With particular reference to Nigeria’s crisis of development, not many will deny that the country has been a victim of a number of poorly informed decisions by her leaders from early in the process of project Nigeria till date. In this respect, I must hasten to add that the concern of this paper is not so much that poorly informed decisions have been made; it is more about the structures on ground for correcting such decisions. This is at the heart of what I refer to as the conundrum and dilemma of leadership in Nigeria.
The day before yesterday, the media was agog about President Obasanjo and what he should or should not be doing; yesterday, it was the turn of President Umar Musa Yar’Adua and thereafter President Jonathan to worry about the dilemma of leadership in the context of the Nigerian situation. Today, it is with accelerated tempo that President Mohammadu Buhari is being criticized for failing to effect desired changes despite the change mantra of the ruling party.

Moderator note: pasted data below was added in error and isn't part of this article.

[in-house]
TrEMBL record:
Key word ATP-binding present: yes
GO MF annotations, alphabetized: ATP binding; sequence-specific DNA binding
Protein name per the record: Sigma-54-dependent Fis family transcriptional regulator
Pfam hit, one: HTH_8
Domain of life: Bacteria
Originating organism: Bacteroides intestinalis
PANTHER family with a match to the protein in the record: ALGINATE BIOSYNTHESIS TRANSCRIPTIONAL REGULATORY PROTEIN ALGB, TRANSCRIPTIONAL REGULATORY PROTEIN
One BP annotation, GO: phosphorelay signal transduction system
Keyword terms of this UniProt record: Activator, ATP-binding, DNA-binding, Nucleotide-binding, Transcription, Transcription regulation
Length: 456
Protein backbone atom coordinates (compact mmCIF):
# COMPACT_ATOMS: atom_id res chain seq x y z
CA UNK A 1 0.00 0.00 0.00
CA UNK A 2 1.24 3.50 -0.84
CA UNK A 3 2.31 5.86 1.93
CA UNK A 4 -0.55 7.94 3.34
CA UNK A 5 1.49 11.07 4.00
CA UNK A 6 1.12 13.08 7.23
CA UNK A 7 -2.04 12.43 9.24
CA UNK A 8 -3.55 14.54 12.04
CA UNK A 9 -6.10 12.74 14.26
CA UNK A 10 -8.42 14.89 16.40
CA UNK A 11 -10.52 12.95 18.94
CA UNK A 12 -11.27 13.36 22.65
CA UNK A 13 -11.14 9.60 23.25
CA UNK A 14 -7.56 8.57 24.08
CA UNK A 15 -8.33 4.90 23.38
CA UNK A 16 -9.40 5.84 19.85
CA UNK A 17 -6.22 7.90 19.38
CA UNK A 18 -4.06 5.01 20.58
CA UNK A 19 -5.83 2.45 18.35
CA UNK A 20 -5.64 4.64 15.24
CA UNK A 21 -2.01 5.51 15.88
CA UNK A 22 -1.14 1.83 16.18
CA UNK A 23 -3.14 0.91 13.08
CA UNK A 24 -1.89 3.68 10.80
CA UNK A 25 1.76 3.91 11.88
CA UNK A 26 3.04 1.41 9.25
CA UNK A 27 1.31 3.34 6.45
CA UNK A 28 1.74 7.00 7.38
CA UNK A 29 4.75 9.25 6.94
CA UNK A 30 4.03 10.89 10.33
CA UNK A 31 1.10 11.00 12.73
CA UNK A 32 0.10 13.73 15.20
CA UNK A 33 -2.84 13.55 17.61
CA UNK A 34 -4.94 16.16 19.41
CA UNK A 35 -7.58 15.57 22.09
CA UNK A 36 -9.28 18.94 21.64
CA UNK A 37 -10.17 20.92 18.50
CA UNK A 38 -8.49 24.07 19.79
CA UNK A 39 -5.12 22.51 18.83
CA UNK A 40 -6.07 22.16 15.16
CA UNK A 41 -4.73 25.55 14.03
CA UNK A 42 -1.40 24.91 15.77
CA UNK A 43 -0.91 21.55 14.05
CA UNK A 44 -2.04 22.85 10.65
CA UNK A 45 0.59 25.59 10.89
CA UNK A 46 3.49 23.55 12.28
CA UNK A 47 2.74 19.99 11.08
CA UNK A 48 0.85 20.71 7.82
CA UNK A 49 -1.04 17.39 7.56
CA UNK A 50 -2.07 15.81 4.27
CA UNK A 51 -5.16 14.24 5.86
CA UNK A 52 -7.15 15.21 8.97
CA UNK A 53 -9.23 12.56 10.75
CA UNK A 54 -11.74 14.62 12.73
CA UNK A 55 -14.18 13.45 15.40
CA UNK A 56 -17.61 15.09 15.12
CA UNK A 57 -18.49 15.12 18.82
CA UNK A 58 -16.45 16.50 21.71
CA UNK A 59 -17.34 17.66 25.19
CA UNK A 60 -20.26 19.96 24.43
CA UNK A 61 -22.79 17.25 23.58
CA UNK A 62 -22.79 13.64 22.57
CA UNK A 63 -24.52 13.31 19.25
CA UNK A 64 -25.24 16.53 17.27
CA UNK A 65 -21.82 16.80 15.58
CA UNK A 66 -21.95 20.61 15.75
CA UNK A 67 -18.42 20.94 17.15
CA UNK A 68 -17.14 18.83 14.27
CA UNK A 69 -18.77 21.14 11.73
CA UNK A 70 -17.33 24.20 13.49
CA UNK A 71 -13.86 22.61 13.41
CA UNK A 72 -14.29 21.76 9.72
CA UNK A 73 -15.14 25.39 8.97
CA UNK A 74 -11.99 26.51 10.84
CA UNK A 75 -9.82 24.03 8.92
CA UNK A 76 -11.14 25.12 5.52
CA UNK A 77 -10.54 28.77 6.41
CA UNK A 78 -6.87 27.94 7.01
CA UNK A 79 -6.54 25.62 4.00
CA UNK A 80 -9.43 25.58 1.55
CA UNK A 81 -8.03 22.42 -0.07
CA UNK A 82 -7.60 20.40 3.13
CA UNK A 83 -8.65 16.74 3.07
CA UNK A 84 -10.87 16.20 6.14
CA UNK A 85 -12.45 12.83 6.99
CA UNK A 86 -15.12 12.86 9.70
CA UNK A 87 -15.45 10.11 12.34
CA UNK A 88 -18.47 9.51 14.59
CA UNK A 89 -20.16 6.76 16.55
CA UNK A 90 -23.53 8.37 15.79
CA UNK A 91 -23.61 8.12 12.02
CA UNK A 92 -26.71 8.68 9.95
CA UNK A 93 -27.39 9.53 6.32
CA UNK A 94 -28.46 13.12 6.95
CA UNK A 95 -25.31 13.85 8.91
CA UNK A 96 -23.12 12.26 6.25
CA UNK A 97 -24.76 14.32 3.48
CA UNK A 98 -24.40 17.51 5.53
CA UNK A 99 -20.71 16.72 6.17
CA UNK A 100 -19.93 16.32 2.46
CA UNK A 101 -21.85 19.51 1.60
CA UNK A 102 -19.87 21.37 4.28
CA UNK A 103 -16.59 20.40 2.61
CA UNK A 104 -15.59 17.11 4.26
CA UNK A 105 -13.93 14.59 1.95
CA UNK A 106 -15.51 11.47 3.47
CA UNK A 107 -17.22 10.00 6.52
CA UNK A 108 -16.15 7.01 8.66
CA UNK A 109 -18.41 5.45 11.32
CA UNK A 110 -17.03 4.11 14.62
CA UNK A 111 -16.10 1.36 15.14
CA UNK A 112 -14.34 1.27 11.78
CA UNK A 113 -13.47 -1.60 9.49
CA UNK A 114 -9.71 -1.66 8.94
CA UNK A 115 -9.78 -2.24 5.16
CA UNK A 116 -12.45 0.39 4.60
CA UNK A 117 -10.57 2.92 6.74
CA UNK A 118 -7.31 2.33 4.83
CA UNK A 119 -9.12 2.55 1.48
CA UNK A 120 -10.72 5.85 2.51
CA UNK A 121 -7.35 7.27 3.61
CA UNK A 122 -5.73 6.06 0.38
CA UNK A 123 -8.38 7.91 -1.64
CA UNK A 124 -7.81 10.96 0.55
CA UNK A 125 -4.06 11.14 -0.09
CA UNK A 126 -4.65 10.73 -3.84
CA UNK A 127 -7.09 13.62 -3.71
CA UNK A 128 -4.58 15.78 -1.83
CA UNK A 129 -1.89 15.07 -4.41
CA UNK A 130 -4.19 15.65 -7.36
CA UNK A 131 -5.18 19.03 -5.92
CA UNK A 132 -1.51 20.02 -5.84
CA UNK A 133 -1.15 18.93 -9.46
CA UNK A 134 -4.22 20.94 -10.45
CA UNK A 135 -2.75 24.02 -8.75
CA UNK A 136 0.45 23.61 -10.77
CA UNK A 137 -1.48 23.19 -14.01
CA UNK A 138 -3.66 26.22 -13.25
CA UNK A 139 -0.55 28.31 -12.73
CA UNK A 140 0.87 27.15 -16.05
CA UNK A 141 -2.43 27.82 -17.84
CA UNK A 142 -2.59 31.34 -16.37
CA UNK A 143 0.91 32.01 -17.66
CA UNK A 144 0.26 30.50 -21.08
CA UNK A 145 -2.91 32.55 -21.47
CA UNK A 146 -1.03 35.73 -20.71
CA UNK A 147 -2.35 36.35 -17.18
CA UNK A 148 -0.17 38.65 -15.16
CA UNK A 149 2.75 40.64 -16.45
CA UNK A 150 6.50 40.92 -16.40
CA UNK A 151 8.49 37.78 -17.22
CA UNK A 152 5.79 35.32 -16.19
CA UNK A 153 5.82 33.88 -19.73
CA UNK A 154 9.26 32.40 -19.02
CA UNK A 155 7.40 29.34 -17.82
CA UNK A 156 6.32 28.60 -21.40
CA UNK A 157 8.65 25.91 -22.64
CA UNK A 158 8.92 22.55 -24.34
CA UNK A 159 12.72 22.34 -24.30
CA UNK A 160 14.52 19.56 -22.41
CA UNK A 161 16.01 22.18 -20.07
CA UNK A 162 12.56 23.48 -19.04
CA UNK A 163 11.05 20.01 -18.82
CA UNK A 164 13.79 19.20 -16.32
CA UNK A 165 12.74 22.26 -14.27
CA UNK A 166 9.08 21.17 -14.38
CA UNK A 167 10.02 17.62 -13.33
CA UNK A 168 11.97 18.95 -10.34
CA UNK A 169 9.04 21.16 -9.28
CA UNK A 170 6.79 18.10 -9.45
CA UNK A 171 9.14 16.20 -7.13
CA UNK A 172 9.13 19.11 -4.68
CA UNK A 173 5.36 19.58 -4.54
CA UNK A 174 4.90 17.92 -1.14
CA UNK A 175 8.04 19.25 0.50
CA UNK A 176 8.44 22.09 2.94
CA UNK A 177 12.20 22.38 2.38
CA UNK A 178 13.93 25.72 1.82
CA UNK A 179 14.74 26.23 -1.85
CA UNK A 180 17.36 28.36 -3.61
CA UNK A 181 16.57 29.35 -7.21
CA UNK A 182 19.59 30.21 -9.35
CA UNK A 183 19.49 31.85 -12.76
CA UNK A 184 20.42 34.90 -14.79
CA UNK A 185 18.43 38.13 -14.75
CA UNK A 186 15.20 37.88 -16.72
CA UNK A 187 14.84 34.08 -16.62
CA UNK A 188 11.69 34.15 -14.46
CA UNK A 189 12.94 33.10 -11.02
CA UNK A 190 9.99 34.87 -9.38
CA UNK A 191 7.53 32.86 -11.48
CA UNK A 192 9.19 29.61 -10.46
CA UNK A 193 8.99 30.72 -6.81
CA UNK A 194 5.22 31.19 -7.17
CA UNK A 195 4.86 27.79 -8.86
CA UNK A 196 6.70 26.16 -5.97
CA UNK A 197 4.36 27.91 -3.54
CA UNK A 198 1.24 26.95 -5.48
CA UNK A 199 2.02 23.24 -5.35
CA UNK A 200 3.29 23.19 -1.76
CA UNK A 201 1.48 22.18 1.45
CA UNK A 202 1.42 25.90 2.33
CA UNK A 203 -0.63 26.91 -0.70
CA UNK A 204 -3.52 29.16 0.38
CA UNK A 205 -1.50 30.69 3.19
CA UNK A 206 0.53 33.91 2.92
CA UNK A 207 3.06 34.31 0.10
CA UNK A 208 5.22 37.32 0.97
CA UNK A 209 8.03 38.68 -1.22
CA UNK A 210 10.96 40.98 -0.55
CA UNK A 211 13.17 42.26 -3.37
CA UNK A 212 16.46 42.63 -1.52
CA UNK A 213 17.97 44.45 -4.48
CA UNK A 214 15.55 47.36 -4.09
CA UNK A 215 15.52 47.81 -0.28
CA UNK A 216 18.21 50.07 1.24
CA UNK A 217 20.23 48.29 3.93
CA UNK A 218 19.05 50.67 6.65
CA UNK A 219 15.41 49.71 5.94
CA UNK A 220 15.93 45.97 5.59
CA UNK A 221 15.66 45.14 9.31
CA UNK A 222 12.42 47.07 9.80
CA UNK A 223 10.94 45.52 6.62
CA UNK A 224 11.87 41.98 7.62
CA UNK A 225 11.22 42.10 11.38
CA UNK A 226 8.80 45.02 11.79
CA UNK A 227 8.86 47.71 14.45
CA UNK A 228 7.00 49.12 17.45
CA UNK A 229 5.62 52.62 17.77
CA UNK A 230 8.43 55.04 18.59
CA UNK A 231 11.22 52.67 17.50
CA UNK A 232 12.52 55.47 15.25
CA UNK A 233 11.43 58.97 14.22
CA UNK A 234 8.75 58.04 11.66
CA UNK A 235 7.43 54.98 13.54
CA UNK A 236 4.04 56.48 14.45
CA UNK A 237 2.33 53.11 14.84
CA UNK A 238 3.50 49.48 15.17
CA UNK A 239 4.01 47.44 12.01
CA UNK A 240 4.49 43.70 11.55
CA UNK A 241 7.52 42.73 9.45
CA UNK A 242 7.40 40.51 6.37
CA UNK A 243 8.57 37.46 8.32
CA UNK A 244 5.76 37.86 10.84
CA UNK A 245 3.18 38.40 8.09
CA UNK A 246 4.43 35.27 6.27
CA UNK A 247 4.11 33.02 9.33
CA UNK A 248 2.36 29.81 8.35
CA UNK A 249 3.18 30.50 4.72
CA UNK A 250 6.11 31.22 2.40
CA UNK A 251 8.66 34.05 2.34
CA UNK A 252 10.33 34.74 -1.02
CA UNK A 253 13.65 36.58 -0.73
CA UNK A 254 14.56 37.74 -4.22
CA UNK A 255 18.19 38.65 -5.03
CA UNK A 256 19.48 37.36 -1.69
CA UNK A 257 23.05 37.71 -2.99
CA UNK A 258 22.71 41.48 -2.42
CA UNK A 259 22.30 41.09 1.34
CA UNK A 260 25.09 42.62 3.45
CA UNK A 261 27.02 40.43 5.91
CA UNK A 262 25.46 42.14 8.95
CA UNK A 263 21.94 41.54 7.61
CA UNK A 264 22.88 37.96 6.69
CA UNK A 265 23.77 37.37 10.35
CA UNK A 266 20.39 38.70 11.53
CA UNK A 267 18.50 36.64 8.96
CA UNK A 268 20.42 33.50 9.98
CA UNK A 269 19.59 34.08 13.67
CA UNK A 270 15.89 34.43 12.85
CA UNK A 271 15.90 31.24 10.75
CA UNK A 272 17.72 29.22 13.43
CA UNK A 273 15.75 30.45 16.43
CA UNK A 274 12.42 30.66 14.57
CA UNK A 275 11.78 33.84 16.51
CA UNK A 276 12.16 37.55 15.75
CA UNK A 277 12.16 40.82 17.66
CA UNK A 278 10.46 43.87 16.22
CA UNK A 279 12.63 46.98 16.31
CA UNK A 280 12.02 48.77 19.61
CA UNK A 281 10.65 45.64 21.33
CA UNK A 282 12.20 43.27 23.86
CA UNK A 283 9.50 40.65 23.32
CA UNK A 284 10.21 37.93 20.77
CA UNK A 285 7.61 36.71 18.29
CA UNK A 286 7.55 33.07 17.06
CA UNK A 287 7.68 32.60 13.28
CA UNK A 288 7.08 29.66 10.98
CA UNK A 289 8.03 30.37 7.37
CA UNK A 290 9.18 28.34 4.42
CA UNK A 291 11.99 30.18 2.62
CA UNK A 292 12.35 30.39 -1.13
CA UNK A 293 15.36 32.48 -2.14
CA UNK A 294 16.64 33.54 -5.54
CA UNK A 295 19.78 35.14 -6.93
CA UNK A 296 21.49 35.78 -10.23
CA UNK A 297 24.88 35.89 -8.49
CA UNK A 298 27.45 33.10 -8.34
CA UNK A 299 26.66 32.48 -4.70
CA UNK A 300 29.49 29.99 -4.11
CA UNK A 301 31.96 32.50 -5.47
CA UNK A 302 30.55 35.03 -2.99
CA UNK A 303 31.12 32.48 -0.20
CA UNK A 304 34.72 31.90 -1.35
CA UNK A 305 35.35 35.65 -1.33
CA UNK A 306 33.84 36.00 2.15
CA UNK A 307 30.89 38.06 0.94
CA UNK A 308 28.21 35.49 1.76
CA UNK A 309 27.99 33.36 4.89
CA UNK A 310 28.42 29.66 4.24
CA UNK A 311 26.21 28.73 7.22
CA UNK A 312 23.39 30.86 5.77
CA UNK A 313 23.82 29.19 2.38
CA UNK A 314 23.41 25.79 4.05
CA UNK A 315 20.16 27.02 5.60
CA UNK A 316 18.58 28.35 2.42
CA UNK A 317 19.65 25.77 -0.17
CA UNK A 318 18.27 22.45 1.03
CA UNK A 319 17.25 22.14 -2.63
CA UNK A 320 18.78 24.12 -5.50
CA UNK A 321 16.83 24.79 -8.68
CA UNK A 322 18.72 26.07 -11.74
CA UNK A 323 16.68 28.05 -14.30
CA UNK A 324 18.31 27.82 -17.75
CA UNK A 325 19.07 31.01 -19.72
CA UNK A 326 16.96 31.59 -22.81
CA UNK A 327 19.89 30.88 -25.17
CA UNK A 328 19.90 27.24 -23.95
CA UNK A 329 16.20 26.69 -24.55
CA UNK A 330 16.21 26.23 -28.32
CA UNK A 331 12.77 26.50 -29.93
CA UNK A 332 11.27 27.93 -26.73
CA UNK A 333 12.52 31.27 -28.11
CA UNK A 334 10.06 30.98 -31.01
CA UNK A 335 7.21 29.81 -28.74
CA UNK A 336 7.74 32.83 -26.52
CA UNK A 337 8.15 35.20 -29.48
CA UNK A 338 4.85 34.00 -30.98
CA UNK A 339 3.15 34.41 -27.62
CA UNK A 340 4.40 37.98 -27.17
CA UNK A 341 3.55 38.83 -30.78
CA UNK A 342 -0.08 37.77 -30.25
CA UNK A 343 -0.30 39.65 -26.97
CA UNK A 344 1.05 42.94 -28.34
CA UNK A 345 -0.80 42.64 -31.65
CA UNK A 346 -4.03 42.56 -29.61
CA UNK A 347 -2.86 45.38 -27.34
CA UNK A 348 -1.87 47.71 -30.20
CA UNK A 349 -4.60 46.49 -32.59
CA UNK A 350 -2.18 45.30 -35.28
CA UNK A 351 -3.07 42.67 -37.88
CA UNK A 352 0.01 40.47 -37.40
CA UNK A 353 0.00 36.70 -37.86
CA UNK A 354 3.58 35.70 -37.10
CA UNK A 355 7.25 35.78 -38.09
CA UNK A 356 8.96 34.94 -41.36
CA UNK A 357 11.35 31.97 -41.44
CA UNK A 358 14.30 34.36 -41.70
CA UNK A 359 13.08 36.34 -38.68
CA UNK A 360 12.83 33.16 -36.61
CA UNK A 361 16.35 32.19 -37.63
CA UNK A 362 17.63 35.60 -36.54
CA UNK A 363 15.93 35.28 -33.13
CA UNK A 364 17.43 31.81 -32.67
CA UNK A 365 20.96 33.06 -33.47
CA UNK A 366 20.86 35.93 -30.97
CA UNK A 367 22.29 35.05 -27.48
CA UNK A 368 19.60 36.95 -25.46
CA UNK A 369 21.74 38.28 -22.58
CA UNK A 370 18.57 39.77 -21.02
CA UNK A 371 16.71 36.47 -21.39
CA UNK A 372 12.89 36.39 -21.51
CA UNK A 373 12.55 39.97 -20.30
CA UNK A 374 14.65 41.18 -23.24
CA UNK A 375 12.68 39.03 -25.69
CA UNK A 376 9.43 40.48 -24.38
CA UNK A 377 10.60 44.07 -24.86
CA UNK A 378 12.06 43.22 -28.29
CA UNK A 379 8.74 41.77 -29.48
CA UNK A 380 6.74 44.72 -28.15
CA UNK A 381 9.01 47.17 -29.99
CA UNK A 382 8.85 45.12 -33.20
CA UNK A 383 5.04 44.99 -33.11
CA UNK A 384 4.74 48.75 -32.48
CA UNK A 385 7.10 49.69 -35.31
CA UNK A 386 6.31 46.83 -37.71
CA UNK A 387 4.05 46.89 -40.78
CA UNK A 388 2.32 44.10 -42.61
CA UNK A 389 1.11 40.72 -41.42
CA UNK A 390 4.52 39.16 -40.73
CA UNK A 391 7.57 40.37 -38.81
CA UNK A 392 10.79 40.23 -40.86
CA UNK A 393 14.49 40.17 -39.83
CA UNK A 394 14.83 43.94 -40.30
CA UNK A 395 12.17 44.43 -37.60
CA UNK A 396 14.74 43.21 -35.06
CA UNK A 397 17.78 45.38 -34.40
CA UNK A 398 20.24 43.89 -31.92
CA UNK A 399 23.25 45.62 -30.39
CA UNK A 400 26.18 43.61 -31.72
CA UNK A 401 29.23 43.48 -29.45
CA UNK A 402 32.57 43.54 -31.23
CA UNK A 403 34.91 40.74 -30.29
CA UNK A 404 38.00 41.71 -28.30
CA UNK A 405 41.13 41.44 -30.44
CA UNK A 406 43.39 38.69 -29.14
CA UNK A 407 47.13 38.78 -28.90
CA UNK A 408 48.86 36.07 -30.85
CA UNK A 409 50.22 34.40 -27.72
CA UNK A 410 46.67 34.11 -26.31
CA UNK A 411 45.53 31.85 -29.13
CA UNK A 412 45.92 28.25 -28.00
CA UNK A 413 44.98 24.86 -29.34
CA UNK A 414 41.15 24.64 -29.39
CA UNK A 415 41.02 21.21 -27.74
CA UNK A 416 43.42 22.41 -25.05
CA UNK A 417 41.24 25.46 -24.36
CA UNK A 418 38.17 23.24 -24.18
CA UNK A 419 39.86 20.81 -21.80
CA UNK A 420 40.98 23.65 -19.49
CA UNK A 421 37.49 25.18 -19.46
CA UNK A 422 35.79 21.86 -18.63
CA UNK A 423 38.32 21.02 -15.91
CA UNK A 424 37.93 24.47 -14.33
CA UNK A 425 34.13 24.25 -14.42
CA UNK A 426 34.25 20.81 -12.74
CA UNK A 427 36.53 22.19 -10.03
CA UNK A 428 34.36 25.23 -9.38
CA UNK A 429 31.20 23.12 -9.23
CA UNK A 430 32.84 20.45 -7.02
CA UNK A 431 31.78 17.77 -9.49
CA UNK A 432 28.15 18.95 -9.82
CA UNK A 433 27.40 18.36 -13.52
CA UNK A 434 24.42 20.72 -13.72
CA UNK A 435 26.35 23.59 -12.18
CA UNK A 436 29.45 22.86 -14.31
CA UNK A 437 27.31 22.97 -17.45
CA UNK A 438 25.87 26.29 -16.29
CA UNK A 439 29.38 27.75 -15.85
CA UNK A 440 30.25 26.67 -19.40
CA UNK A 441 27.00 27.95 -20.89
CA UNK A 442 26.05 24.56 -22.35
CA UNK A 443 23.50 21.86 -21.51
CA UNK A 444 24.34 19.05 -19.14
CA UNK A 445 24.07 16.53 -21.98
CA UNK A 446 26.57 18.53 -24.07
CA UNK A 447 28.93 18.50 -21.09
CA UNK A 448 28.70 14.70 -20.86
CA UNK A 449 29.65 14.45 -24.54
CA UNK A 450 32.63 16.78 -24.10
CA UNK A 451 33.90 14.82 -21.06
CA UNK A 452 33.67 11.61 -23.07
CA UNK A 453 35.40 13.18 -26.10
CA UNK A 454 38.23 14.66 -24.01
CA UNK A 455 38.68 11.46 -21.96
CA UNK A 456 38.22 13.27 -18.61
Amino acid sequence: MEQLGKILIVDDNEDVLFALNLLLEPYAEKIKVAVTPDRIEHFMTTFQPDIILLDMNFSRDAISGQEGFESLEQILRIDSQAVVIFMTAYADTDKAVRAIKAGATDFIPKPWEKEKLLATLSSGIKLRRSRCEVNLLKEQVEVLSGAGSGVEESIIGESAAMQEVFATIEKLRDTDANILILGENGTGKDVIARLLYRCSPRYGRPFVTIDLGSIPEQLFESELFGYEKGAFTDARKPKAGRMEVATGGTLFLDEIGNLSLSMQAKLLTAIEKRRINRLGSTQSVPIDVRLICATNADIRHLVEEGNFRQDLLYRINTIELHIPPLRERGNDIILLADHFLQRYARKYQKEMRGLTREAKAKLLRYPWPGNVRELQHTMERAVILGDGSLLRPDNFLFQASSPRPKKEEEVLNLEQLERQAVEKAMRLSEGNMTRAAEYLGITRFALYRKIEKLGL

Permit me to make myself clear: it is not the case that leaders in developed nations are not confronted with the dilemma of leadership; far from it. The fundamental difference is that most of these leaders have the benefit of accountable and effective institutions overseeing the formulation and implementation of laws and policies. This is why the cliché that “nobody is above the law” has a meaning in these systems.
In Nigeria, violators and mischief makers (leaders and followers inclusive) have become more adept in making effective use of government institutions to undermine good governance than the effort of government in using these institutions to enthrone good governance. I am not making reference here to those who carry placards to support inequities. I am making reference more to insufficient checks and balances, and the rigidity of our system (or the lack of it when necessary) to nip iniquity in the bud. Our institutions are so vulnerable to manipulations that they are constantly being used to perpetrate and promote a culture of illegality. Thus, when a man says a particular act or decision is not in accord with due process, one needs to critically examine his standpoint. Is it a situation where due process will expose or comfortably shield illegality? If we agree that an inefficient legal system is a stimulus for impunity, the fundamental question for all of us is how effective is our legal system?